The verdict from Havas: 60% of branded content is ‘clutter’
Media agency Havas recently released their latest ‘Meaningful Brands’ study, a far-reaching consumer survey of 375,000 people across 33 countries, scrutinising the impact of brands on consumers’ lives.
This year’s results are particularly bruising, with 60% of content created by 1,500 of the world’s leading brands dubbed low-impact “clutter” that barely makes an impression on consumers – therefore failing to deliver a significant ROI.
So, why is the majority of branded content failing to make any sort of dent on the collective consumer psyche? The Havas study points to a number of culprits, but primarily:
– Brands are failing to convey how they positively impact on their customers’ personal wellbeing and lives – beyond simply explaining basic product benefits.
– Much content created by brands is geared toward entertaining rather than educating – when consumers actively expect retailers to provide content that educates, informs and helps them.
As Maria Garrido, Global Chief Insights & Analytics Officer at Havas, commented:
“Brands get rose-tinted glasses about entertaining people and think that is all consumers want.”
“What brands need to do is break down their content, take a step back and ask, for their industry, what the role of content is. Whether it is to inspire, educating, help, reward, inform or entertain then rank them and work out what is a ‘must have’, where the opportunities are and what they should not be focusing on at all.”
This is a useful way to consider re-framing the approach to content creation – while brands now need to be publishers because their customers both require and expect content, this shouldn’t mean producing content for content’s sake. Identifying key focus areas (and discarding low-impact distractions) is now business-critical.
This begs the question: how can brands ‘de-clutter’ their content strategy? Here are our three recommendations.
Perhaps one of the most obvious ways to create content that delivers real value to customers is to define your content strategy from a consumer-first standpoint. What information do they need, what questions do they ask, and how can you answer those questions in a way that’s engaging and helpful?
Ecommerce retailers can make use of both first-party data (for example, on-site searches or customer service enquiries) and second/third-party data (e.g. long-tail search query research) to understand where their customers have knowledge gaps – and then create content that fills those gaps.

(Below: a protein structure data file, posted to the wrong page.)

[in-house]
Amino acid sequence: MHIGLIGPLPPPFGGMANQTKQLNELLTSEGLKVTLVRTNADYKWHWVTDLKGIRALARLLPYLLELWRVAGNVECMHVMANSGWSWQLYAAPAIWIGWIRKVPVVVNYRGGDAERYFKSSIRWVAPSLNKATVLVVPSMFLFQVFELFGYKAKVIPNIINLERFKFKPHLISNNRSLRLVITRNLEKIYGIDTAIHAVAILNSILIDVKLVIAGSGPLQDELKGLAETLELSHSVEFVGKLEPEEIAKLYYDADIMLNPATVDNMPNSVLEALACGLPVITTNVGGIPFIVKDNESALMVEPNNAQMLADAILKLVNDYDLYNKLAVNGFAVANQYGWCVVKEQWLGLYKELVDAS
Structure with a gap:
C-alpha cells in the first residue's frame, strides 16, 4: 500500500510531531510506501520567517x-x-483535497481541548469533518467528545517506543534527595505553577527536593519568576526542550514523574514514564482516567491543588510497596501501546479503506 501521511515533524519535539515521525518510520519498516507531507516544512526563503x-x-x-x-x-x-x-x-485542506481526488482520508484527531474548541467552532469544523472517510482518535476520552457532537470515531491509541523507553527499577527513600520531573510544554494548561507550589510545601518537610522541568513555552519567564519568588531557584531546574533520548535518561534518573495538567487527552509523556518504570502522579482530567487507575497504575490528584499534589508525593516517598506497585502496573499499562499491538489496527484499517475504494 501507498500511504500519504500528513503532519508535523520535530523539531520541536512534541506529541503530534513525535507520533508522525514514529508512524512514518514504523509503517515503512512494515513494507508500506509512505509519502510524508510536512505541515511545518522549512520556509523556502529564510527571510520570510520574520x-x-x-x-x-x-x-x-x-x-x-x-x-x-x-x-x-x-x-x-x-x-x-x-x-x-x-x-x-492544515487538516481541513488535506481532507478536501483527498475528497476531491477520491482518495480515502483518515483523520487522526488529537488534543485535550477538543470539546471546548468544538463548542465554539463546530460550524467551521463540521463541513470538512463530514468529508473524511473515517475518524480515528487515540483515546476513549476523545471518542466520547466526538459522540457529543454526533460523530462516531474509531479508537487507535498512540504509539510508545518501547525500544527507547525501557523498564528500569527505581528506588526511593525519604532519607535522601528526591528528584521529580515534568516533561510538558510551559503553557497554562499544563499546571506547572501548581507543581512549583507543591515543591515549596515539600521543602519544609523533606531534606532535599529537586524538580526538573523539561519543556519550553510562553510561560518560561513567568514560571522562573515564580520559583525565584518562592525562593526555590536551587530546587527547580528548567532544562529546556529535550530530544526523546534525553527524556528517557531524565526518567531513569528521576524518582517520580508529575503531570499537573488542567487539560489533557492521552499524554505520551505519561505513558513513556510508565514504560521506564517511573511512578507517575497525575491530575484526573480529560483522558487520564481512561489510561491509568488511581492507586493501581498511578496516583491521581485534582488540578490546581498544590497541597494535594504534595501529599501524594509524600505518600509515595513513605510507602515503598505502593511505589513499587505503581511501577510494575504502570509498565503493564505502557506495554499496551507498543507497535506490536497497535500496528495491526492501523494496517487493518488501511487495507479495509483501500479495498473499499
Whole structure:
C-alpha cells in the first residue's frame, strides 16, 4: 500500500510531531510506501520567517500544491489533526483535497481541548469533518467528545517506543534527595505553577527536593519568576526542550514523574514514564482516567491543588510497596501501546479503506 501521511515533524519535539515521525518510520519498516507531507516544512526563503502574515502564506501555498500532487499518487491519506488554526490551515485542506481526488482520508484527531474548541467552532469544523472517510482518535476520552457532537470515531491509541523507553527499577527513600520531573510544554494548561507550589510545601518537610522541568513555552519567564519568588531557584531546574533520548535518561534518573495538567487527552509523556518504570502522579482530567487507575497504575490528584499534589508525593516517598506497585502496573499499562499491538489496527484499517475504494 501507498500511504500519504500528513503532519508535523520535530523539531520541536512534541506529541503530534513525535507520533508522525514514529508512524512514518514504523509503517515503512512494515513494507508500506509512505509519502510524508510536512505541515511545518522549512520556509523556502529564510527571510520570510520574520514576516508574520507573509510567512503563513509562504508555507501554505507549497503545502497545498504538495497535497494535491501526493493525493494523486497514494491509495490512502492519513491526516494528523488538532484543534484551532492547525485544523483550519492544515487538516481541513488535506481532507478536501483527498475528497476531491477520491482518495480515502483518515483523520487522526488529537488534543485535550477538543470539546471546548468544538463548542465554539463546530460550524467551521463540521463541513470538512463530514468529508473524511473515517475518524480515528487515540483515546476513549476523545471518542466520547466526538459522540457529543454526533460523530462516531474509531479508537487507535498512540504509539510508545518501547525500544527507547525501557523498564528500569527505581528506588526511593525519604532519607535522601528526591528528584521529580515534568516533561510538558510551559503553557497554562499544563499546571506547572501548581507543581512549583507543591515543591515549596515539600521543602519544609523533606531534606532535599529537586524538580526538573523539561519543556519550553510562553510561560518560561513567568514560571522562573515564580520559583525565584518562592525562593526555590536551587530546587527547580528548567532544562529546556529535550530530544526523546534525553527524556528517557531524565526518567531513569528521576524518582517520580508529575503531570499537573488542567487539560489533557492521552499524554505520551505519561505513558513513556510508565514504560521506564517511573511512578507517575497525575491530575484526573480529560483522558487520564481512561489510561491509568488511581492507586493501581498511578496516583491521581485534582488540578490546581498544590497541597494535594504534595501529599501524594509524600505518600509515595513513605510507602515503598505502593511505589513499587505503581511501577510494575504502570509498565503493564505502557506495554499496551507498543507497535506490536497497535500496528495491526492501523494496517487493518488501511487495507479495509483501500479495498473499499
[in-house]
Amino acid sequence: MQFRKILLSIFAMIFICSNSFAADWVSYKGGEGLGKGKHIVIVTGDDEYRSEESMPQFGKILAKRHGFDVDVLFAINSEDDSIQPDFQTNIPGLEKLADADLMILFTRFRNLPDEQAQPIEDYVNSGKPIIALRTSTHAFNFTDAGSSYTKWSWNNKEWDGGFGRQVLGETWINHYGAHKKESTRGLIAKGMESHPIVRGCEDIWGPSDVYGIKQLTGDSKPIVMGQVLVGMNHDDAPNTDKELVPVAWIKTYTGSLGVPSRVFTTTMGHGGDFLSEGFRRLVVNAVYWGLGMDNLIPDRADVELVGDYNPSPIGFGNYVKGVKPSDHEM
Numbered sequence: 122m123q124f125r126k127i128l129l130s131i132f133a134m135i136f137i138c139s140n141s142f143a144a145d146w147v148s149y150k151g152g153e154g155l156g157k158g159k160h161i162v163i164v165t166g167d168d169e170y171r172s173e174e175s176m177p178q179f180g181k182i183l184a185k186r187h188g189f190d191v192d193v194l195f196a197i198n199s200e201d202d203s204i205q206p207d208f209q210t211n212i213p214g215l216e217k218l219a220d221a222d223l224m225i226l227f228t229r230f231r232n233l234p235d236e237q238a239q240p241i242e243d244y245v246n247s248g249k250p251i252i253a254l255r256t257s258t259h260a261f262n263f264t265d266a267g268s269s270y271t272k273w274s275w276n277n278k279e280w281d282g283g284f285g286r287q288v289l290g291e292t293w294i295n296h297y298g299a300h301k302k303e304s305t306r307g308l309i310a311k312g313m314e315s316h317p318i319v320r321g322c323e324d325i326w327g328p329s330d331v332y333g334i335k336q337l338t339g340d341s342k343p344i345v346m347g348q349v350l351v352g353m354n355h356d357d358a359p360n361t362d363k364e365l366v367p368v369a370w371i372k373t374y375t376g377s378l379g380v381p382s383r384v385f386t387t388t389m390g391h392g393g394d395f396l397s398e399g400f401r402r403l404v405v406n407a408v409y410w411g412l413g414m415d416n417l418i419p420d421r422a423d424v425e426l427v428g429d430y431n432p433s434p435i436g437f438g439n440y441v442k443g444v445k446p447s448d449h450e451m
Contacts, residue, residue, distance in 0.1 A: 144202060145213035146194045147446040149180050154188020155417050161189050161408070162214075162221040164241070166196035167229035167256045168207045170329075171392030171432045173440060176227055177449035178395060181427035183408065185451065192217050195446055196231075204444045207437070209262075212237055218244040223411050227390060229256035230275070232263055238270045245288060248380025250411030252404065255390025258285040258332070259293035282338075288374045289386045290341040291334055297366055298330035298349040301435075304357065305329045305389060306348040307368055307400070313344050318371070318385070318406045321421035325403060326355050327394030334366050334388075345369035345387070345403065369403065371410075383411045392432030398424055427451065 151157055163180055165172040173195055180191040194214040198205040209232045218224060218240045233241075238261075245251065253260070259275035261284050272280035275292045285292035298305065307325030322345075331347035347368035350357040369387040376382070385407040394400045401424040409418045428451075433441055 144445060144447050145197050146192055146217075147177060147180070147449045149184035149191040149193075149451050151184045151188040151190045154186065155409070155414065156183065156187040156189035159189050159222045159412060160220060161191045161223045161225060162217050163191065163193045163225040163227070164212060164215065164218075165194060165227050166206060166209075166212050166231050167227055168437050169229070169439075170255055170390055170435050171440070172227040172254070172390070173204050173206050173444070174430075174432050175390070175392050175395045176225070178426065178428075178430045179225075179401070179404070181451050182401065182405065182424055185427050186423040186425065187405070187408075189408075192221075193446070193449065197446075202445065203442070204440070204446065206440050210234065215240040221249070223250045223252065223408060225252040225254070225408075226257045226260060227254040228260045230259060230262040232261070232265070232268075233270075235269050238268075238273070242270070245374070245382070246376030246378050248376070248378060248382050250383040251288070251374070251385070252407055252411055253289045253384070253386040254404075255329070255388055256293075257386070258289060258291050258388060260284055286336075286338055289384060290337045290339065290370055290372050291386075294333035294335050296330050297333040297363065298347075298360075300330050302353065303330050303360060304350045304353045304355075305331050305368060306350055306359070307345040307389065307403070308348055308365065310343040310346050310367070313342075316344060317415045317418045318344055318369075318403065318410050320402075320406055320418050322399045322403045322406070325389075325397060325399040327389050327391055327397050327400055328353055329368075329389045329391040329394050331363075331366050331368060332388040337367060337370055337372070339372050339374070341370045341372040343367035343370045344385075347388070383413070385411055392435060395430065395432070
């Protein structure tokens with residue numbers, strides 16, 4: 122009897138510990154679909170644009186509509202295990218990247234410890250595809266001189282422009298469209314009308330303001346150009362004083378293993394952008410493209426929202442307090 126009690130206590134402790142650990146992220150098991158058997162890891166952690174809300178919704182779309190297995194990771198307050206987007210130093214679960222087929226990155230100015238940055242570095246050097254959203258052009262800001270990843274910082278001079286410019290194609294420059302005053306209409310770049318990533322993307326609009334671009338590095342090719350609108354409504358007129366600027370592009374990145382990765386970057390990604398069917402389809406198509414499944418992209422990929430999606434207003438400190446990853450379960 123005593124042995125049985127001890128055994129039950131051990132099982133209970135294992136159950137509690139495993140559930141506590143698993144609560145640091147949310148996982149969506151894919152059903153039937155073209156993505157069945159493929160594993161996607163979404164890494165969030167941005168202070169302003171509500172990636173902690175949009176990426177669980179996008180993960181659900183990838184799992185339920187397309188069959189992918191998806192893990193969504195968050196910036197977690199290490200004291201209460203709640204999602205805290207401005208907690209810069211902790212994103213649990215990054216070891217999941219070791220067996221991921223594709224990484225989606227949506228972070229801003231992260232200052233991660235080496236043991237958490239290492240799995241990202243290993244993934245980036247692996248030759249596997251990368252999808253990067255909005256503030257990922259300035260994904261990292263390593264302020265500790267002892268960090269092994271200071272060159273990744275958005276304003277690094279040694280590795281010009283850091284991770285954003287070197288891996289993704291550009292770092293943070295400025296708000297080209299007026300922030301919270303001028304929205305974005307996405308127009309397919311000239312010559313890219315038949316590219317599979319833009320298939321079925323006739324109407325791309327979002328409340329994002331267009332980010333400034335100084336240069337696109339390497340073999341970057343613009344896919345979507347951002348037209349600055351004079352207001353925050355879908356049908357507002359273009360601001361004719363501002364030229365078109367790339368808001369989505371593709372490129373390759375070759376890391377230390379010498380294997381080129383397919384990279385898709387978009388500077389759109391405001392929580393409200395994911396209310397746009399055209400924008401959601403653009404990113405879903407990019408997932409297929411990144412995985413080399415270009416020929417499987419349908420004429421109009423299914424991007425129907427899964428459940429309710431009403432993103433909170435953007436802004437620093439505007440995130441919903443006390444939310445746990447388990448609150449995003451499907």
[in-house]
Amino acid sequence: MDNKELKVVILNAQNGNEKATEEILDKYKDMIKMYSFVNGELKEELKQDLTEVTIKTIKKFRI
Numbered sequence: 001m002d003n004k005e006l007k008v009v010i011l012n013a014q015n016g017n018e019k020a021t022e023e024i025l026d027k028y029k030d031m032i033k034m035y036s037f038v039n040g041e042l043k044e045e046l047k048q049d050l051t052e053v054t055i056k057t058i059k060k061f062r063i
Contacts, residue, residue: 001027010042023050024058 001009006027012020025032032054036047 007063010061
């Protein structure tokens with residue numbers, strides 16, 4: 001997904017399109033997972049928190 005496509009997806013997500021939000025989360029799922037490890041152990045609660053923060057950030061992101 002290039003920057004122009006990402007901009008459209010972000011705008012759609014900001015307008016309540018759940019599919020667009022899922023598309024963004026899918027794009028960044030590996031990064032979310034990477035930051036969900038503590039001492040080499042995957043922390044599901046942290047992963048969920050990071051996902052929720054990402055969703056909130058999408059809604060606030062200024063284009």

Creating buying and how-to guides aligned with consumer questions is a great way to increase organic traffic, drive conversions and improve brand reputation, with 4 in 10 consumers agreeing that retailers who offer great advice are “more trustworthy” and 48% disclosing that they have purchased an item from a retailer after reading a helpful buying guide.
Go back to basics
The retail brands that consistently perform well in Havas’ Meaningful Brands rankings are those that relentlessly focus on delivering a first-rate customer experience, thereby contributing to the all-important ‘personal wellbeing’ metric – from Amazon’s convenience-led delivery model through to M&S’ canny emphasis on product quality and John Lewis’ dedication to customer service and ethical practices.
This highlights the importance of getting the basics right – at its purest, making sure customers have a positive experience with the brand. From a digital content perspective, this means ensuring that the basic building blocks of the ecommerce experience are fully optimised:
– Is the UI clean, straightforward and mobile-ready?
– Is useful information, like FAQs and delivery details, easily accessible?
– If shipping internationally, is the site fully localised for all the relevant target markets?
– Are product descriptions comprehensive and informative, empowering the customer with all the facts they need to make a purchase decision?
Getting these fundamentals right will increase the likelihood that investment higher up in the funnel isn’t wasted by the time consumers are ready to convert – and that they leave your site with a positive impression.
Make it measurable
Finally, a crucial method for avoiding a spiral of content ‘clutter’ is to maintain focus on performance – ensuring that the success of content is measurable and accountable in terms of ROI.
In practical terms, this means taking a cautious approach to ‘flavour of the month’ platforms and content trends (Vine, anyone?) and honing in on the channels and content types that are most likely to have a tangible and meaningful impact on customers – testing content initiatives for performance and ROI, then adapting approach accordingly.
Interested in finding out how well-optimised your ecommerce content is for driving conversions and customer engagement? Fill out the form below to request a bespoke Quill Quality Score audit of your website.